We used the synthetic images only on Task 3 (on the two submissions using external data). We added the synthetic images to the training/training splits (never to the holdout or to the training/validation splits) keeping a 1:1 per class proportion (i.e., one synthetic image for each real image in each lesion class).

Ii-E Computational Resources

To perform a large number of trials, we attempted to secure as much computational horsepower as possible. For deep learning, that means large-memory CUDA-compatible GPUs.

For the experiments, we used NVIDIA GPUs available at RECOD Lab: two Titan X Pascal, six Titan Xp, one Tesla K40, and for Tesla P100. We also used the NC6 (Tesla K80) and ND6 (Tesla P40) virtual machines provided by the Microsoft Azure Cloud platform.

Although there was a long phase of preliminary experiments, the training and testing of the final models that composed the submissions took only around ten days.

Iii Task 1: Lesion Boundary Segmentation

This is our second participation in the segmentation task. Although we have some experience in this area, lesion segmentation is not the primary research line of our group. From our previous participation, we decided to keep the U-shape networks and moderate training times. Contrarily to our previous experiments, showing little difference between using low (128128) or high (256256) resolution, we opted risking for a possible small improvement given by the latter. That was motivated by the knowledge the best networks are tied so closed to the inter-human agreement, and that even small contributions could help.

Observing the generated masks in preliminary experiments and the 2018 ground-truth annotations — together with the introduction of a threshold — we decided for a less fine-grained and more conservative approach concerning details of the final generated mask. To enhance the results, we used a post-processing techniques, to fill the holes in the masks with a morphological operation.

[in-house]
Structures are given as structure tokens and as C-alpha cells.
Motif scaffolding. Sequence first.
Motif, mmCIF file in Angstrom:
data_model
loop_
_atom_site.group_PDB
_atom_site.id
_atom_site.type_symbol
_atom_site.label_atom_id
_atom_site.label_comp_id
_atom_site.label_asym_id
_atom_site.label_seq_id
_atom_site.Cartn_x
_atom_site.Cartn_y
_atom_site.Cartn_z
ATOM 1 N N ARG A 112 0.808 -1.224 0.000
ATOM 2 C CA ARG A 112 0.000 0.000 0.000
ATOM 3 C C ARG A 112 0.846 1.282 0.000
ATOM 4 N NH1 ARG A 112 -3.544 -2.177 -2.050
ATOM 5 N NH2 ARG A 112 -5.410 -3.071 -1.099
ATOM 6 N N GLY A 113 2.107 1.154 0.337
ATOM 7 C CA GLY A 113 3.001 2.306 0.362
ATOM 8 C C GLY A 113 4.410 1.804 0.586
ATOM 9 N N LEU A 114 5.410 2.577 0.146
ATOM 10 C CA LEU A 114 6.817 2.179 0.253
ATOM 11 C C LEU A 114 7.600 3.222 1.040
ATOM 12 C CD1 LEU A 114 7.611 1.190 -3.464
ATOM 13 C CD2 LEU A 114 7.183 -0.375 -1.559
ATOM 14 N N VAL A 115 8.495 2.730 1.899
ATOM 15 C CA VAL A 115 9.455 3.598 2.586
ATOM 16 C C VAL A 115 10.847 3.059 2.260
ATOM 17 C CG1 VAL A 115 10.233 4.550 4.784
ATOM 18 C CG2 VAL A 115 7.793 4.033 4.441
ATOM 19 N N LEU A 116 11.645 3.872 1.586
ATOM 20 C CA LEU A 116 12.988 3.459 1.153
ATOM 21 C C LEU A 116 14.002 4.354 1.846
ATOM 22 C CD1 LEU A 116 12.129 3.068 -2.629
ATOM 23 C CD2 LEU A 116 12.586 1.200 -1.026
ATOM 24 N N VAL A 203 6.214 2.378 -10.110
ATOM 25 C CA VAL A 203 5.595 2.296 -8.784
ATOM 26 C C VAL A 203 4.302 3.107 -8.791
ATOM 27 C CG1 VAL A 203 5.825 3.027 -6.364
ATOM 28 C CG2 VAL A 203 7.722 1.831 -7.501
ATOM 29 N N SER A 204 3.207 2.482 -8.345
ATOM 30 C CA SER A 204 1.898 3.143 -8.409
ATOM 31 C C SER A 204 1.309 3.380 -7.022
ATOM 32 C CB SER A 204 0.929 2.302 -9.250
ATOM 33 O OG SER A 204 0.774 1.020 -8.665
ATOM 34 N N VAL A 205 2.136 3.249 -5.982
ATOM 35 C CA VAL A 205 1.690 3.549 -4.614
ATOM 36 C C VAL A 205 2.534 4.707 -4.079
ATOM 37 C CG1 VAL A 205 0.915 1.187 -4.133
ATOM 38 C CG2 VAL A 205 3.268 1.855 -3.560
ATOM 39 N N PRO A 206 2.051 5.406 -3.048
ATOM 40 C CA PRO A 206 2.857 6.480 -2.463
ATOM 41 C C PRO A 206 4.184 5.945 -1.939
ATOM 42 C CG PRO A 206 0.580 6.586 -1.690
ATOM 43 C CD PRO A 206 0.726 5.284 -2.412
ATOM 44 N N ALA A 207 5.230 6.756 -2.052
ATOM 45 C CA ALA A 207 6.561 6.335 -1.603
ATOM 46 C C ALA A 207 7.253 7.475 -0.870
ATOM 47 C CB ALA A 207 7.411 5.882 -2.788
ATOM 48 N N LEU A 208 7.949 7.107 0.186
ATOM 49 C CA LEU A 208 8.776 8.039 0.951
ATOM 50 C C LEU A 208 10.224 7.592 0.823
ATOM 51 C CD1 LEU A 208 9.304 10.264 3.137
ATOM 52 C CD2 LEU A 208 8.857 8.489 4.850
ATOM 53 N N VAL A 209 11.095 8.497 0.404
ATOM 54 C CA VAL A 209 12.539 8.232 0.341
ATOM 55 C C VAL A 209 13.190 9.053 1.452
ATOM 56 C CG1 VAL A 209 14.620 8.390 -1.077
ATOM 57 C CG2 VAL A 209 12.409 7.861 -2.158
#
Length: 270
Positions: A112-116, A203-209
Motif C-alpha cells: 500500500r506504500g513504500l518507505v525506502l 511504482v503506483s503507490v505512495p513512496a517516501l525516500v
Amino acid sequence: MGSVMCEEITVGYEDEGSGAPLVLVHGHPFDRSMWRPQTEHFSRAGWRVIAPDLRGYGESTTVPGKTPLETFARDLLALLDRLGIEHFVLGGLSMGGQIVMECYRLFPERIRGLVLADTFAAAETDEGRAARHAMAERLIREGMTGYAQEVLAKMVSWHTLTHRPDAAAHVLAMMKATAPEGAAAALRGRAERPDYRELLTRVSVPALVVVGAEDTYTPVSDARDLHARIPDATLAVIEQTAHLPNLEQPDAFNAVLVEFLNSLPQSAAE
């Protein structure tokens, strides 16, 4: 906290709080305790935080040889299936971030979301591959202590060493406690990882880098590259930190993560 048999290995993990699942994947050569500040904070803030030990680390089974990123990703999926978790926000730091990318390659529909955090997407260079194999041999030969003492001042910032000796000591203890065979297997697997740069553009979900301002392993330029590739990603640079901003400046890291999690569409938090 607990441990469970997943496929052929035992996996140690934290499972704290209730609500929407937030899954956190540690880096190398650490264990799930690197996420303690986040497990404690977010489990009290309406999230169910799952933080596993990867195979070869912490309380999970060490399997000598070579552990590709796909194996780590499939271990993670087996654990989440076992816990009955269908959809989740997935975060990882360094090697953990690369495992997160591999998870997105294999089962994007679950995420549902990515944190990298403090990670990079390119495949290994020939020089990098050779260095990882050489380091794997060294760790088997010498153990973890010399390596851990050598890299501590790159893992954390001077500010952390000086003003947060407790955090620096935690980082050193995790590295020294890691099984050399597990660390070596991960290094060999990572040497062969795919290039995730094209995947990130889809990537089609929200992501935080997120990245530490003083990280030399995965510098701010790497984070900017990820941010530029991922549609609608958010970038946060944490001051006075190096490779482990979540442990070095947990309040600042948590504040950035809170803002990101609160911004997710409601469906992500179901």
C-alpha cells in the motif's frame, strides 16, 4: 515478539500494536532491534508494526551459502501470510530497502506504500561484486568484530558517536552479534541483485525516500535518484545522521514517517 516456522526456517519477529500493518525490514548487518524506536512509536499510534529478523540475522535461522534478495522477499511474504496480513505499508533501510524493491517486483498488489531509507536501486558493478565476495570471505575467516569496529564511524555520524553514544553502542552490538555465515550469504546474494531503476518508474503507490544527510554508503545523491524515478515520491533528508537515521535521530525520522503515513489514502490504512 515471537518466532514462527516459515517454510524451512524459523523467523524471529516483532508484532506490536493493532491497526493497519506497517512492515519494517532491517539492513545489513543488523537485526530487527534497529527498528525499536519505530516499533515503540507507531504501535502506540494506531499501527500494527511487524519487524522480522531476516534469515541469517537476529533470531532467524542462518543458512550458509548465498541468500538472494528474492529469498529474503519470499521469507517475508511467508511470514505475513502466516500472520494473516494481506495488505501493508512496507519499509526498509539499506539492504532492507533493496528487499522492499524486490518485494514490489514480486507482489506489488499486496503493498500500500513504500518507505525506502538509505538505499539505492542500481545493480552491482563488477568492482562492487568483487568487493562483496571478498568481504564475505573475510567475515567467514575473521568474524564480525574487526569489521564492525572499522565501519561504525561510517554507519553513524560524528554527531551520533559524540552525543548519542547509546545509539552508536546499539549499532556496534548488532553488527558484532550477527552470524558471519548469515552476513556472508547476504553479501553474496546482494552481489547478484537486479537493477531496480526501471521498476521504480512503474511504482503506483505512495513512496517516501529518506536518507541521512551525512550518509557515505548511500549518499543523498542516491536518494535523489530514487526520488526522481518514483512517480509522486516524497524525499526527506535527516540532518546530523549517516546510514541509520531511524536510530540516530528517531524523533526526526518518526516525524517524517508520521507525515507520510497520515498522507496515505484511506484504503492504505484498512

Iii-a Experiments

We worked on two main models: the FusionNet444

Using this implementation: github.com/GunhoChoi/FusionNet-Pytorch

 [14]

, a deep fully residual neural network designed for image segmentation in connectomics, and a U-Net-like model

555Code based on github.com/ternaus/TernausNet [15]

, a convolutional neural network traditionally used for biomedical-image segmentation, with a VGG-16 

[16]

encoder pretrained on the ImageNet dataset. We trained our models with two datasets: i) Challenge data; and ii) Challenge data plus external data.

Each model was trained using Adam optimizer, using the Cyclic Learning Rate technique [17], on which the learning rate cyclically vary within reasonable boundaries, improving the accuracy and reducing the training time by allowing the model to scape local minima faster. For the cyclic learning rate technique, we used a base learning rate equal to and a maximum learning rate of

with a step size of 500. We trained the models for 100 epochs each, with early stopping with patience of 20 epochs. For the loss function, we used the Binary Cross Entropy with soft Jaccard index, with Jaccard weight of 1.0.

We tested four main configurations for the competition: i) FusionNet using only the Challenge data; ii) FusionNet using the Challenge data and external data; iii) U-Net using only the Challenge data; and iv) U-Net using the Challenge data and external data. From our experiments, we noticed that when using external data during the training phase, the results were significantly worse. The large inter-human variability and the existence of several types of ground truths may explain why the task works best on a smaller, but better curated subset of training data.

After training all the desired networks, we designed the strategy for our submissions, which includes ensembling with our models and post processing the decision. The chosen models were averages, we filled the holes with a morphological operation, and the segmentation mask was upsampled to the image original size.

Our three submissions were (1) average of FusionNet trained on Challenge only, and U-Net trained on Challenge only; (2) average of FusionNet trained on Challenge only, U-Net trained on Challenge only, and FusionNet trained on Challenge and external data; (3) U-Net trained on Challenge only. Our final results on the official testing set were, respectively, 0.694, 0.686 and 0.728 for the threshold Jaccard index. Also, our positions of each submission were, respectively, 88th, 93th and 56th among 112 submissions.

Iv Task 2: Lesion Attribute Detection